How Does Divorce Affect Estate Planning?

Divorce can impact every area of your life. Not surprisingly, those effects extend to any trust and estate planning that was established prior to, or during the marriage. Regardless of whether a revocable or irrevocable trust was established as part of a comprehensive estate plan, what will happen to your existing trust(s) and the assets held in within them should be part of the agreement between the divorcing couple

Revocable trusts.

Generally, most typical estate plans utilize a revocable trust as the primary planning tool to efficiently hold title to assets during your life. A revocable trust allows the owners of the trust to maintain control over assets placed within it. At any time, you can legally “revoke” the trust; hence the name. If there is a revocable trust in place at the time of divorce, how to deal with the trust and the assets held by the same should become part of the divorce agreement, just as with any other asset. The divorcing couple can opt to revoke the trust, or possibly modify it in some way to provide a way to manage jointly held post-divorce assets. These issues will require negotiation, and the final agreement between the divorcing parties should address how the parties will deal with the estate planning.

If the trust was inherited from another party, division of the asset during divorce will generally depend upon whom was listed as a beneficiary. If both spouses are named beneficiaries, then trust assets must be divided pursuant to the terms of the trust document. If only one spouse is a named beneficiary of the trust, then it will likely be awarded to that individual as his or her own personal asset.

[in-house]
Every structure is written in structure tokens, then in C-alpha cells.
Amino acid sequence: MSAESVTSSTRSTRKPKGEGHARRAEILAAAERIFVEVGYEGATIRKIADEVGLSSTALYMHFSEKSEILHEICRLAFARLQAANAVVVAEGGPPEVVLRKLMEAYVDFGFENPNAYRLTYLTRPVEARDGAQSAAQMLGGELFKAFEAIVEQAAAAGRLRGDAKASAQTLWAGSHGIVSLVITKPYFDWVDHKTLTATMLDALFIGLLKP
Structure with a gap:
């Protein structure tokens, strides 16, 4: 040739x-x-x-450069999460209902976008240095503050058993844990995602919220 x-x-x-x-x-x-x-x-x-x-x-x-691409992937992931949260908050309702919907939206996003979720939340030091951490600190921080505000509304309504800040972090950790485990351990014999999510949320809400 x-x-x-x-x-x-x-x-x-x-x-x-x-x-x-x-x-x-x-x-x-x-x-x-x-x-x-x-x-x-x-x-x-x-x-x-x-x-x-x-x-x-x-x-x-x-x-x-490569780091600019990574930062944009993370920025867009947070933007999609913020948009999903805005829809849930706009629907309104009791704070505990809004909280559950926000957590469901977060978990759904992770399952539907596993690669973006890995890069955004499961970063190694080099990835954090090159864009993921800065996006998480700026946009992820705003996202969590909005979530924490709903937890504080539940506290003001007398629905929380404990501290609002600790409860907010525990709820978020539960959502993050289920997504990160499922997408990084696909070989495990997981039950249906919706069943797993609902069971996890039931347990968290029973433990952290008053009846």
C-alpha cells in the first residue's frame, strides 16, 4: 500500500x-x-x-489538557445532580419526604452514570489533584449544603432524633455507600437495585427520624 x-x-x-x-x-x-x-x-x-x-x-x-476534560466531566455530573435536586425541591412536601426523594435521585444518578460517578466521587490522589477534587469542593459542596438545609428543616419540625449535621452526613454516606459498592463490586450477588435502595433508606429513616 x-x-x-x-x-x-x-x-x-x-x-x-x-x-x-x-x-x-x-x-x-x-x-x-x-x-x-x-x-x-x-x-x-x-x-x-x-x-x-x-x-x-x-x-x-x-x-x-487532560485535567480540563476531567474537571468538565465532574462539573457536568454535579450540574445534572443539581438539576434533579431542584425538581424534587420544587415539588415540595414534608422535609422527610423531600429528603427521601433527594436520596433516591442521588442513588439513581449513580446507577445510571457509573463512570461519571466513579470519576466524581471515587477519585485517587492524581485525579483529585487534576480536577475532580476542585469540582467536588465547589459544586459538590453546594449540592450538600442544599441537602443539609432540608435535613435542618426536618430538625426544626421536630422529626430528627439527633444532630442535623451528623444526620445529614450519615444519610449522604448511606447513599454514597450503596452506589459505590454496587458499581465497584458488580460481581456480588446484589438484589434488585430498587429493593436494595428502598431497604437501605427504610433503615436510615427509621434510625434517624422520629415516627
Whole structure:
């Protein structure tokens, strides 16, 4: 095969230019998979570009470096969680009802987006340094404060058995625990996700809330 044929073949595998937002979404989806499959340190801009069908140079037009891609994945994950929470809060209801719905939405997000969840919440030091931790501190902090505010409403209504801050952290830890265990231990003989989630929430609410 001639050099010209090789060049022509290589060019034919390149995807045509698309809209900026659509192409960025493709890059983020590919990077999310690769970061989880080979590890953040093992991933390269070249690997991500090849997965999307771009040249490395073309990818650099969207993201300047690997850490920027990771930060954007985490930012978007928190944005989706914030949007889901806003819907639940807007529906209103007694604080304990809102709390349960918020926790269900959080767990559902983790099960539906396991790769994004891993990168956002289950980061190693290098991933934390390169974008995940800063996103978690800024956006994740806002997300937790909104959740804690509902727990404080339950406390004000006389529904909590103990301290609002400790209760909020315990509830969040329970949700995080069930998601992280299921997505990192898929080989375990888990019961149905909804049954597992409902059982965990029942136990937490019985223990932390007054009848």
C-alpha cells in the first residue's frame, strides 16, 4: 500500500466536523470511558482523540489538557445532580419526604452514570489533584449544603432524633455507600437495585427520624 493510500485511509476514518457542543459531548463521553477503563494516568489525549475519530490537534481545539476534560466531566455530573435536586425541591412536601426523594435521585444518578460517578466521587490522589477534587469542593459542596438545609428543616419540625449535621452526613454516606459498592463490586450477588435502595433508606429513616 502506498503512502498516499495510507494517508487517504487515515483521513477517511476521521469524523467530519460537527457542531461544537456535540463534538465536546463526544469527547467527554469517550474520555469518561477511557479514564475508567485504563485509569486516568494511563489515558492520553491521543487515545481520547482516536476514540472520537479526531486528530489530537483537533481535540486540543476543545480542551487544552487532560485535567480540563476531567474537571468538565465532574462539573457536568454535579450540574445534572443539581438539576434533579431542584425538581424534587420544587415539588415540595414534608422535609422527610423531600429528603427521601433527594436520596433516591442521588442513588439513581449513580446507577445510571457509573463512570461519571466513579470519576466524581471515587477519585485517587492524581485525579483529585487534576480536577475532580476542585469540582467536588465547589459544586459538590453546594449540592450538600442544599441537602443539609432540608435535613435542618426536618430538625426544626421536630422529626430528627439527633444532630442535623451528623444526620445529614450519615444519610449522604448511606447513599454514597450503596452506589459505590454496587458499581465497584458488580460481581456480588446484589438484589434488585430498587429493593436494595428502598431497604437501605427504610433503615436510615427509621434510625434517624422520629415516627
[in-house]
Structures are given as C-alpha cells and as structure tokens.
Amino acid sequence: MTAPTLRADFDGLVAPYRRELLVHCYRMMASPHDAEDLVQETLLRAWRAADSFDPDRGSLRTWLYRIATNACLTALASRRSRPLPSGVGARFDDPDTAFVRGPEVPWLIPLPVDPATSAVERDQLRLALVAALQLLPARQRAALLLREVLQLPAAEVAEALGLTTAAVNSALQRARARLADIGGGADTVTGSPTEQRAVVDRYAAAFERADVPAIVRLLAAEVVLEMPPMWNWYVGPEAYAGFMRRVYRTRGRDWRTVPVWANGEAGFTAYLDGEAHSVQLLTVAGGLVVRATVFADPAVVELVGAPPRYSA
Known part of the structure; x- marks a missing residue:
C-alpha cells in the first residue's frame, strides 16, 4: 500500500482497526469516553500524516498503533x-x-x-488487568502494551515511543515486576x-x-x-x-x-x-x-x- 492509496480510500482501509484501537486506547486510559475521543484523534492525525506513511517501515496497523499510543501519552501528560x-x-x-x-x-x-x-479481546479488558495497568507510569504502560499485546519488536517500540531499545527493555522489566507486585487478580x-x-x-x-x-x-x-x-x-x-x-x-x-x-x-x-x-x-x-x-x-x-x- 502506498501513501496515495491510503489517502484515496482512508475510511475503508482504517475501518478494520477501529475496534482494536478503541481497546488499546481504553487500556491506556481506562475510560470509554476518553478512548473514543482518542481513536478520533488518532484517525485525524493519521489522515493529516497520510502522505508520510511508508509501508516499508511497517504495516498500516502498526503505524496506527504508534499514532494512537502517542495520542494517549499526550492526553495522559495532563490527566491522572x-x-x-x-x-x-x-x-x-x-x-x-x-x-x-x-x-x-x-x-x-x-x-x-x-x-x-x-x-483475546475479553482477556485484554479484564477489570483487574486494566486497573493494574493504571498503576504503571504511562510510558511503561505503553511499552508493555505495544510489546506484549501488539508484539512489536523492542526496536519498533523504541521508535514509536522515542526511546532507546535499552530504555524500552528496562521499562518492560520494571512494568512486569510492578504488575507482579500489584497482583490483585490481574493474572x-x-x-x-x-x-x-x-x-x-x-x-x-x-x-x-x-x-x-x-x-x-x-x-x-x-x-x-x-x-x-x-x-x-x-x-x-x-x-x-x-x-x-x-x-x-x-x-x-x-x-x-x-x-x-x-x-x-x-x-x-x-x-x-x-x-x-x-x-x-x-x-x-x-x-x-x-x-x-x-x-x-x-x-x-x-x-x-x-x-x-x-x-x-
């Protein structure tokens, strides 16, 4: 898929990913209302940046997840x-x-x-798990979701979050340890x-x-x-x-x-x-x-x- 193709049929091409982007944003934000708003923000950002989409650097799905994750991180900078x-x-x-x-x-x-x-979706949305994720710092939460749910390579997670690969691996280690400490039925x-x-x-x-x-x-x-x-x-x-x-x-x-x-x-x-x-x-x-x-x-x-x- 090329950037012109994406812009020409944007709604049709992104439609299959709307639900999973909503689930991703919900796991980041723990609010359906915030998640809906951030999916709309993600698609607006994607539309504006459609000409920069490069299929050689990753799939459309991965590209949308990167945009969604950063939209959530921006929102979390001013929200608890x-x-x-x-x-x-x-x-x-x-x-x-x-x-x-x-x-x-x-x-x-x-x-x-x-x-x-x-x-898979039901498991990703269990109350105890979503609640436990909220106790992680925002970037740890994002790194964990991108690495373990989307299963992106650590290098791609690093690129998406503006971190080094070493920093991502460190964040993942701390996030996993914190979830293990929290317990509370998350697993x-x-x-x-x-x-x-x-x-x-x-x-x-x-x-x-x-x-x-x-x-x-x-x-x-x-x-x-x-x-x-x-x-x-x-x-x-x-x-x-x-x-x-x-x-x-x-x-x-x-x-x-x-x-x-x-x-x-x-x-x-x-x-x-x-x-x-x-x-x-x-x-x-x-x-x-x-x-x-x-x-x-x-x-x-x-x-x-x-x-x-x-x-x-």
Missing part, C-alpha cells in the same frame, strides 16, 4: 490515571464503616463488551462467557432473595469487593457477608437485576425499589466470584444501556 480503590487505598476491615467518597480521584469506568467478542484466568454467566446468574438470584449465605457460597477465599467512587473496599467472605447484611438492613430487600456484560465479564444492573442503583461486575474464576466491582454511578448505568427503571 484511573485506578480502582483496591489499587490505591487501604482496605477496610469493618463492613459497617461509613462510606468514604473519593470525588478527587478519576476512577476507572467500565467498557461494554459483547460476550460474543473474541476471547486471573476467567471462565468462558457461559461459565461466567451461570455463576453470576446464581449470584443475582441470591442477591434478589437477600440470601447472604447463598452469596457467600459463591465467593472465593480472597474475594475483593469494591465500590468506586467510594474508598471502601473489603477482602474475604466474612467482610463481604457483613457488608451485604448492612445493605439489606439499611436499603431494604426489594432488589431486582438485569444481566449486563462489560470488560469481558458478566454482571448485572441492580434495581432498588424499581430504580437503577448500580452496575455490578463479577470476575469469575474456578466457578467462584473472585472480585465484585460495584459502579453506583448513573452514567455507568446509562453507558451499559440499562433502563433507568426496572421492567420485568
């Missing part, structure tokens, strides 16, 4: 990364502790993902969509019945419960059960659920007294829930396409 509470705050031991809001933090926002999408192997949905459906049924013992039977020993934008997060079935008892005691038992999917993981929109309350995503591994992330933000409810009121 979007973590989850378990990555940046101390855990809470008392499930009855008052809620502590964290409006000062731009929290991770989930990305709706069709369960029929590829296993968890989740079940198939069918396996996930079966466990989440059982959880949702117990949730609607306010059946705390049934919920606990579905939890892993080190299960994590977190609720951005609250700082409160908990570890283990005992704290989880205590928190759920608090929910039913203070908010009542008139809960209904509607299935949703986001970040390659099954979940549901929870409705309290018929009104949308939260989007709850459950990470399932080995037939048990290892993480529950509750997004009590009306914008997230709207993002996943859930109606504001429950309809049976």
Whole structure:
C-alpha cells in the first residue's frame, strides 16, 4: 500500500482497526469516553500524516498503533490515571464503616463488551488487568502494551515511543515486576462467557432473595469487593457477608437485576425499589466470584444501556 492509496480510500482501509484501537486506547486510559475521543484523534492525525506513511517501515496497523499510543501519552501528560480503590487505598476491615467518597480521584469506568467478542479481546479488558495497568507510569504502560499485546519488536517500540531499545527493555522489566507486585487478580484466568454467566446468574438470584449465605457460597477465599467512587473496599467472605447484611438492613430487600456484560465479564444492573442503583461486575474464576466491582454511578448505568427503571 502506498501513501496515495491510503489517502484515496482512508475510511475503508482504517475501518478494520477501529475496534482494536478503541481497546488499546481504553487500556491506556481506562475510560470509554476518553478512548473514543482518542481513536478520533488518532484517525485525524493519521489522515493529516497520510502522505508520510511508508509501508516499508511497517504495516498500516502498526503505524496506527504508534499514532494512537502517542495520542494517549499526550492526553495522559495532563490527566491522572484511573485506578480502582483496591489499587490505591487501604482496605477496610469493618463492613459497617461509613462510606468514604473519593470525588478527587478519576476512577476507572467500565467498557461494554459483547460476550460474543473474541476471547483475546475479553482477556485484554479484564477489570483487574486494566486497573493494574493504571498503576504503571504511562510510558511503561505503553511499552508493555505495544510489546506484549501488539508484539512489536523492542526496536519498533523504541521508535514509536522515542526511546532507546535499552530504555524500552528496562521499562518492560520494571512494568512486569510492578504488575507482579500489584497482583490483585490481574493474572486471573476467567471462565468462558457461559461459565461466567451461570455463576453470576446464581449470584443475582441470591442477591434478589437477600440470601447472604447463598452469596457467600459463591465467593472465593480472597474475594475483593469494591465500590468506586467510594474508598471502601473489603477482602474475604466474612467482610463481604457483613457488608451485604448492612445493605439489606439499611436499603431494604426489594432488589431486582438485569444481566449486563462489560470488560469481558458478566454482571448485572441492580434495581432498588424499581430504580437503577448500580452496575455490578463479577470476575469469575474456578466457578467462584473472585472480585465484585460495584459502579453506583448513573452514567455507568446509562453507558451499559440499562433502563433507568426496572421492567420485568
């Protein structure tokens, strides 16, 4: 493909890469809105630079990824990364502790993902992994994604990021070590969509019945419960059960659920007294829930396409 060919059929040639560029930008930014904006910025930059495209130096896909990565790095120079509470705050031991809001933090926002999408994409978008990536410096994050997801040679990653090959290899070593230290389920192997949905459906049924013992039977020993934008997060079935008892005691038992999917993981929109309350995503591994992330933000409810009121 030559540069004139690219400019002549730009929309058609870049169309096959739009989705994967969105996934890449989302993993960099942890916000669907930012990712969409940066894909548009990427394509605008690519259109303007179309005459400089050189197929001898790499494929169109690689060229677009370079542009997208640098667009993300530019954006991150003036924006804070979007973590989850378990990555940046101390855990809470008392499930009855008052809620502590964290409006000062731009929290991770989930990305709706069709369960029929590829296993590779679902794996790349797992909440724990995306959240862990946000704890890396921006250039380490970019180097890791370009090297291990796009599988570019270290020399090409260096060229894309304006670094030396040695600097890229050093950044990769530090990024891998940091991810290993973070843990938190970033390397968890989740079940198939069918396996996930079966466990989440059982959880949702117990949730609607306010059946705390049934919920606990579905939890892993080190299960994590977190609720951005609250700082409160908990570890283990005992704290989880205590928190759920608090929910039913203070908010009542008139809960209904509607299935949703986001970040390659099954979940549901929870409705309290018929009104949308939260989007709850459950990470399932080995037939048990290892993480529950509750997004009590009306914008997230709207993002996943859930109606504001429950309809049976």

Irrevocable trusts.

As for irrevocable trusts, we often say, “what’s gone is gone.” This is because, generally, when you form and fund an irrevocable trust you are irrevocably giving your assets away to the trust. For example, most trust terms and named beneficiaries cannot be changed. Further, the assets held in an irrevocable trust can only be transferred, sold or otherwise disposed of pursuant to the trust terms.

In most cases, an irrevocable trust established by a married couple is intended for the benefit of children, either as an irrevocable life insurance trust (sometimes referred to as a “ILIT”), or as a vehicle to provide for children, grandchildren or special needs beneficiaries. As long as neither party has access to the trust, this should be a non-issue in a divorce. This is why it is often recommended that a third party trustee be appointed to manage irrevocable trust assets. If there is a third party trustee in place at the time of divorce, the parties can generally rest assured that children, grandchildren or special needs beneficiaries will still inherit the assets as originally intended.

Divorce and estate planning can become complicated issues. Since each situation is unique, we recommend that you consult with an estate planning attorney, along with your family law attorney and a CPA or tax attorney if you have questions about the effect of divorce on your estate planning. With the proper team of estate, family and tax law professionals, you will receive valuable guidance on what to expect should a divorce occur. They can help guide you through the emotional and often complex process.

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